Sunday, December 31, 2017

Favorite Movies and Shows of 2017, Part One

I had planned to do a review of each show or movie I watched in the last year but there have been so many that they are piling up. So I will just give a brief summation of those I felt to be most compelling, in no particular order.

The Americans (Seasons 1-5, 2013 to present)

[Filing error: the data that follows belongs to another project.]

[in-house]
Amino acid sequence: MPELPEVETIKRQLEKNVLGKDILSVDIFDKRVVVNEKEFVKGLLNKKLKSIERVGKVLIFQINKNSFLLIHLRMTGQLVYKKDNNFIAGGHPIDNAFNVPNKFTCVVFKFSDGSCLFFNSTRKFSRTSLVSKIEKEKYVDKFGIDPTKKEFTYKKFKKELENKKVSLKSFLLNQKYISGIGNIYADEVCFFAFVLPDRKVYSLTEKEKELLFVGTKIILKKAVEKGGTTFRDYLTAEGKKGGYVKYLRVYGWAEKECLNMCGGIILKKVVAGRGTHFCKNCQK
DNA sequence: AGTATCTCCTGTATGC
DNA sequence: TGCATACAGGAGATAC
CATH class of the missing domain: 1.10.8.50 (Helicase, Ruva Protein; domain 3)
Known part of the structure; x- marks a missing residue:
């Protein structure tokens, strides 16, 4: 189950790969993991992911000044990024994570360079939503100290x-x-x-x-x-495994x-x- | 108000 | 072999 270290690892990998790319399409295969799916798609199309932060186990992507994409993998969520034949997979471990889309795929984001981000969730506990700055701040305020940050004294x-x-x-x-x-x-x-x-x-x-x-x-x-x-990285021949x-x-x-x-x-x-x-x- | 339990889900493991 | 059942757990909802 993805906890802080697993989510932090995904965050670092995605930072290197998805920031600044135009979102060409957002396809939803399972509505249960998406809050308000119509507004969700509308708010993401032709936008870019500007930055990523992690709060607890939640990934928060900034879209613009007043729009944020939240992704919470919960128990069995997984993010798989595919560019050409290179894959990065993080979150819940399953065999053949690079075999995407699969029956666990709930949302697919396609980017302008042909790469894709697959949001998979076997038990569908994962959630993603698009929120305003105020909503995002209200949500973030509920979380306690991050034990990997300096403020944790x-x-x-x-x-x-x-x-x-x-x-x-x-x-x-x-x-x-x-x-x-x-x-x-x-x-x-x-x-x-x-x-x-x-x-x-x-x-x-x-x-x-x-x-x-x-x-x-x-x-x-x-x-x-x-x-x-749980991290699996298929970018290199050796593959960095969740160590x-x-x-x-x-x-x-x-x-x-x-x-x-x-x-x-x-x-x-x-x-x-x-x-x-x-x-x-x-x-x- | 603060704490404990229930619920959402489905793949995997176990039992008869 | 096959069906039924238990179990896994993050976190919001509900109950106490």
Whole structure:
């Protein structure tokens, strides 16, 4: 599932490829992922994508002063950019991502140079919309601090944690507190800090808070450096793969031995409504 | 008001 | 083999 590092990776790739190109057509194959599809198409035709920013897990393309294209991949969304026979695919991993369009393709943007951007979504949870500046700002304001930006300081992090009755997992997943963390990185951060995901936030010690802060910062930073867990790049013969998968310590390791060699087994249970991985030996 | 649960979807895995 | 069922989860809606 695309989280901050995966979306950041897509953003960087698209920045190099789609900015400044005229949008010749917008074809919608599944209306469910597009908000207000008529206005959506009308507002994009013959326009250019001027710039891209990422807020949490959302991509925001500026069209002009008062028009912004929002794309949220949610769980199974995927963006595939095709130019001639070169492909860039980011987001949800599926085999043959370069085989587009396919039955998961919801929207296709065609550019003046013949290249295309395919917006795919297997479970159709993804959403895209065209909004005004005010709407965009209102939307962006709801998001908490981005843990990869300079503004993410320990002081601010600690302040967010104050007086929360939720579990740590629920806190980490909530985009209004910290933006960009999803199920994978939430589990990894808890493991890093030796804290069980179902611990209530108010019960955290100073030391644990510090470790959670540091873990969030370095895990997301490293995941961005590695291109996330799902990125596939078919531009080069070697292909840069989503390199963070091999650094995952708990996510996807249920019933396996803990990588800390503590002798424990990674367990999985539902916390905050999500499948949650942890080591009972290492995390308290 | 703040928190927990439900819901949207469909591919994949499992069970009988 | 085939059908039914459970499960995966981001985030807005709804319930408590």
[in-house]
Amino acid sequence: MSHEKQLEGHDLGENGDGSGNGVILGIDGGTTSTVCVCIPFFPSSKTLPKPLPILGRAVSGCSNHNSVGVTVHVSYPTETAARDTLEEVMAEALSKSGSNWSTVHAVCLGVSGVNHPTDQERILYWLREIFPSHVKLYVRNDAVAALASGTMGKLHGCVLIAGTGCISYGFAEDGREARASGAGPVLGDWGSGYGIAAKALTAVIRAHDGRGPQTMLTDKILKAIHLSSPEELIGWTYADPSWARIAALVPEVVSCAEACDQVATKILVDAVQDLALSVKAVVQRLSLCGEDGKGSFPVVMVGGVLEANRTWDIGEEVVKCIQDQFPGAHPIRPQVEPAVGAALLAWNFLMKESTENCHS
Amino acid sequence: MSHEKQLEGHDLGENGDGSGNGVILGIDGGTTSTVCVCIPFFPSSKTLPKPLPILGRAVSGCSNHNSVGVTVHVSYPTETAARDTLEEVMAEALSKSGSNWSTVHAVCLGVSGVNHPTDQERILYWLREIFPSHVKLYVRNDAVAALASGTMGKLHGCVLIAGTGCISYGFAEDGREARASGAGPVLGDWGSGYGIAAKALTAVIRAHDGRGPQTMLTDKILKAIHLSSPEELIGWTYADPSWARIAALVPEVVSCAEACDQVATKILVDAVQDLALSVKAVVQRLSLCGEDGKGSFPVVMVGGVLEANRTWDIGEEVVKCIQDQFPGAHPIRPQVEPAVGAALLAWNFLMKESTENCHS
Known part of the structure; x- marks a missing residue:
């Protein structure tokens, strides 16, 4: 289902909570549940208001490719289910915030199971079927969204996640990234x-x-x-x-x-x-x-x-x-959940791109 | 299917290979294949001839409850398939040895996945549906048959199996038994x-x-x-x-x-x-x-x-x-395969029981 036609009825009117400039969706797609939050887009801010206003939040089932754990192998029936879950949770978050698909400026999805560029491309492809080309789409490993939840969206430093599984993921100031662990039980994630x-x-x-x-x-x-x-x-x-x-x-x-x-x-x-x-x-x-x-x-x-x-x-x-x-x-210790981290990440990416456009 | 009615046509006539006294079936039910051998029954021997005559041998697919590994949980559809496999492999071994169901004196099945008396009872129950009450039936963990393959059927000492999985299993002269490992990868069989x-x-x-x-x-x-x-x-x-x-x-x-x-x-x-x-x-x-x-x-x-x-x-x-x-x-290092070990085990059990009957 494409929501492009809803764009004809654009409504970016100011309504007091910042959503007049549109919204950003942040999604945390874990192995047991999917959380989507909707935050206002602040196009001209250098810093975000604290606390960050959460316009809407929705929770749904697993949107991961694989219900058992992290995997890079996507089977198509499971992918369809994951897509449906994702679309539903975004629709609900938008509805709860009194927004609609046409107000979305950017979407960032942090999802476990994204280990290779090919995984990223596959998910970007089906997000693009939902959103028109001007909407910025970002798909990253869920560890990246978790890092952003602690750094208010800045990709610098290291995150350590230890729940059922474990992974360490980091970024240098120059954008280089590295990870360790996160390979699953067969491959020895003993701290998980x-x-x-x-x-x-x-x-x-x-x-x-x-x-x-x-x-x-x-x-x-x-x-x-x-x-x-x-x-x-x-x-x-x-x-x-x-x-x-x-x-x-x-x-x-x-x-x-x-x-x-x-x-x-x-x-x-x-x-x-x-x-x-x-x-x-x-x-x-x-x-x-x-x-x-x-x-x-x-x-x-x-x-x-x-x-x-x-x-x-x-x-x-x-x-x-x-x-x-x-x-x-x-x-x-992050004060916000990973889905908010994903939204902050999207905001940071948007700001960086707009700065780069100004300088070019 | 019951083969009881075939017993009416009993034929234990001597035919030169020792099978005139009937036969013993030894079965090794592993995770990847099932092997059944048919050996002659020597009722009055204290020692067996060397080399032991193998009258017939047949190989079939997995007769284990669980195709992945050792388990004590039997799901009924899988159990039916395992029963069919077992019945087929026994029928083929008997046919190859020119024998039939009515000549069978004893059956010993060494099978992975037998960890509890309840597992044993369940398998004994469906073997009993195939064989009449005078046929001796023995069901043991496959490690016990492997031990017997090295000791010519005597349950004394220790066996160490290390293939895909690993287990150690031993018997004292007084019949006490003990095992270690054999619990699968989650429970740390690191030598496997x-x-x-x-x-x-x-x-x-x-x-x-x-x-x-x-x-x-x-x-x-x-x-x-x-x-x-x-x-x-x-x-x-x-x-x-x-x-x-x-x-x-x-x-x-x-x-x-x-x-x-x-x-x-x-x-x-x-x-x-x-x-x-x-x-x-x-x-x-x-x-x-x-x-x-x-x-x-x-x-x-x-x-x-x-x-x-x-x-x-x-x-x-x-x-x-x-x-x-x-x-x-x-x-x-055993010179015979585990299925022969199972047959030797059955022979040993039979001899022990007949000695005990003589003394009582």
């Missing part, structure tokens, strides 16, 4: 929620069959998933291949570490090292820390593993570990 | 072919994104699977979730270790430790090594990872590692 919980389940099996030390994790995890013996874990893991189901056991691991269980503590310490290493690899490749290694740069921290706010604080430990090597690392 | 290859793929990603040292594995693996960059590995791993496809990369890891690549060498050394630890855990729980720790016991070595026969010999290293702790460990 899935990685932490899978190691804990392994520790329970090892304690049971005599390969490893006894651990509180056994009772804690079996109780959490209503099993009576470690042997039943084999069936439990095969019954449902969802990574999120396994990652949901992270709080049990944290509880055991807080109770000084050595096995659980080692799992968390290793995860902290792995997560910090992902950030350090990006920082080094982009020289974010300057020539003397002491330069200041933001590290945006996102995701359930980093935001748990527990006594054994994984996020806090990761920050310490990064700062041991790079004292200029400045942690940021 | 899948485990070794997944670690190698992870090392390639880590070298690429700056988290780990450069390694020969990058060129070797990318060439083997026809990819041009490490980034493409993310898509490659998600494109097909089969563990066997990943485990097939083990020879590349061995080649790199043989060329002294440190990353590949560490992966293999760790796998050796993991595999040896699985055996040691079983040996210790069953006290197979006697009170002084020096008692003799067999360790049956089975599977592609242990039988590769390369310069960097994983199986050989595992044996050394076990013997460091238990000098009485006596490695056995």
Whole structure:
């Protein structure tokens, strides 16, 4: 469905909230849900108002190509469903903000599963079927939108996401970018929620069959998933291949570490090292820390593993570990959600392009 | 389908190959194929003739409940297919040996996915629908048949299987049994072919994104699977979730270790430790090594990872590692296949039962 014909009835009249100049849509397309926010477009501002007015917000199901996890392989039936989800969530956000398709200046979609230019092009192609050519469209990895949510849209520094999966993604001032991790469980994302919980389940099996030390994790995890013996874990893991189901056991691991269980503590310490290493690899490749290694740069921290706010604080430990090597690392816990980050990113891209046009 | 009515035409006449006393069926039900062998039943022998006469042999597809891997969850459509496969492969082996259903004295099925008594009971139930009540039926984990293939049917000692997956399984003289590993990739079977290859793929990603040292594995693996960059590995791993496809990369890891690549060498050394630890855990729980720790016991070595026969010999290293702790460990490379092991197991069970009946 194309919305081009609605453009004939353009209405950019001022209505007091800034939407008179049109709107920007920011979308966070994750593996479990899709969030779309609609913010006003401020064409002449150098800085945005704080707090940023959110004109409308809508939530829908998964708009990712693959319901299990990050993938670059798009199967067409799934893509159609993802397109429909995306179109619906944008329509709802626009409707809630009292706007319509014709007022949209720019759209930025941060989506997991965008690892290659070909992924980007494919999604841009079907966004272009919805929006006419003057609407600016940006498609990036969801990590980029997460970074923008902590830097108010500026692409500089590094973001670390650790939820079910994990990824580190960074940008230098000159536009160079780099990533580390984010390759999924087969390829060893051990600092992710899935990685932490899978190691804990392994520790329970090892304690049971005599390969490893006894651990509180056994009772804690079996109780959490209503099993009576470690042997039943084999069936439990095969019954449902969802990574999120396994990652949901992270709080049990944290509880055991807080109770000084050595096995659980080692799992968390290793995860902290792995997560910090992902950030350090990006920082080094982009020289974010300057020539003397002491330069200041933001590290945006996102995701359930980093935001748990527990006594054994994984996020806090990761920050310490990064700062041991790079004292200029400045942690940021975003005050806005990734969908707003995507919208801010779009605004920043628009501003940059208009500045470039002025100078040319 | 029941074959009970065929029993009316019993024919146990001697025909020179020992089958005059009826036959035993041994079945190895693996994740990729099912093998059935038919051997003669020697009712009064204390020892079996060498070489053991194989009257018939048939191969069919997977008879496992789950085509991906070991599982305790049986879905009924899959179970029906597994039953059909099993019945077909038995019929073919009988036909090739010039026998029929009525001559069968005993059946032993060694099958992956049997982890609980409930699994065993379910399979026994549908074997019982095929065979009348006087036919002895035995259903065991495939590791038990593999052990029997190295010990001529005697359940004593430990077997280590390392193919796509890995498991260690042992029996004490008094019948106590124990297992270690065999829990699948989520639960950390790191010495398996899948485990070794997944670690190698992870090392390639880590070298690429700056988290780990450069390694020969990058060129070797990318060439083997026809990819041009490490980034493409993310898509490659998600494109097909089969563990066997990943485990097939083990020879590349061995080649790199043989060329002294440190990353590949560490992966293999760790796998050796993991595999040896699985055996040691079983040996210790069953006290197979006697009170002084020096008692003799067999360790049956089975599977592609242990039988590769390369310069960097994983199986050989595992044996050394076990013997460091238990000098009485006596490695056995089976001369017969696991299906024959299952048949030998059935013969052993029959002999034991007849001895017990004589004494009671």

I watched the first five seasons of The Americans on Amazon Prime, and while I cannot universally recommend it because of the sexual situations and graphic violence, I think it is a significant series. Aside from the superb acting and dynamic script, The Americans is a raw depiction of the ruthlessness of the agents of Soviet Communism,  who surpassed in callous virulence the most case-hardened CIA assassins. Matthew Rhys and Keri Russell play deep cover KGB operatives in Reagan's USA of the 1980's, living and working in Northern Virginia and Washington, DC. Pretending to be an American married couple called "Philip and Elizabeth Jennings", they run a travel agency on Dupont Circle as a front for their real work of spying on behalf of the Soviets. They have children and an outwardly normal "American" life although they are both Russians, and dedicated Marxists. At least, Elizabeth is a dedicated Marxist; Philip is drawn to the American way of life and basically just wants to disappear into it. Throughout the series are seen places that are familiar to me from my youth and childhood. If you ever wondered why DC was called the "murder capital of the world" in the '80's, we now know that it was because Philip and Elizabeth were at large, killing anyone who threatened to expose them. Seriously, it is known that there were KGB agents posing as American couples and living for decades in the USA. What makes The Americans so captivating is the fact that Philip and Elizabeth, in spite of their rigorous Communist training, come to have feelings for each other, for their children, and even for the people they are sent to manipulate for the purposes of the Soviet Empire, which makes their work more and more unpalatable. They know that their relatively comfortable and pleasant life in America, the country they are trying to overthrow, is bound to come to an end, either by their capture or their return to Russia, which make the drama a spy thriller extraordinaire. The gist of the series in summed up in a devastating scene in which Elizabeth feels compelled to murder an elderly lady who happens to be in the wrong place at the wrong time. “Do you think doing this to me will make the world a better place?” the old woman asks Elizabeth before dying.